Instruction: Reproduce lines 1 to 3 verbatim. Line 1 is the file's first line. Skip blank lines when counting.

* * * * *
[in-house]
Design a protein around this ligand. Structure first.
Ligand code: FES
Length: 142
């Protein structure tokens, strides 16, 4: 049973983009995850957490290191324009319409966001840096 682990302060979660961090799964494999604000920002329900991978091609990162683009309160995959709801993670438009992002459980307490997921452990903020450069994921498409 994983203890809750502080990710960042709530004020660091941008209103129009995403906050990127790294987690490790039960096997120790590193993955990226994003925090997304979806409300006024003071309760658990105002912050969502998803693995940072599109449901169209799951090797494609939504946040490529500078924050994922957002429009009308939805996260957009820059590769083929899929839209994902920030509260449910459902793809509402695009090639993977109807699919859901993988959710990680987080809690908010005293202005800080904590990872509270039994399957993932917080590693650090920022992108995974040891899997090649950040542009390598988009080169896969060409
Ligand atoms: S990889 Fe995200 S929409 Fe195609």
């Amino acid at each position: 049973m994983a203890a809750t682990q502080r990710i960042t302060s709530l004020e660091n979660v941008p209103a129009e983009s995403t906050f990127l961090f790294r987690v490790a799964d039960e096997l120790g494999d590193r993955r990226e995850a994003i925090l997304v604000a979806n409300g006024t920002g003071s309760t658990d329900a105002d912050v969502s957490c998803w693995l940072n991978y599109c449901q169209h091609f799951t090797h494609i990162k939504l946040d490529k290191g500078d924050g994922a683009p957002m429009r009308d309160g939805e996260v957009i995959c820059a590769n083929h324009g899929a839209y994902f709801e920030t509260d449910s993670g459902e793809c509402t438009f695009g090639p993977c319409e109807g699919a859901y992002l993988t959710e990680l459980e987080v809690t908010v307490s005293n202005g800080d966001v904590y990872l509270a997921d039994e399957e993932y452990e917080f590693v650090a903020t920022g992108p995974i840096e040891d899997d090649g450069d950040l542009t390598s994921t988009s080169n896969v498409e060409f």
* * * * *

[in-house]
Design a protein around this ligand. Structure first.
Ligand code: FES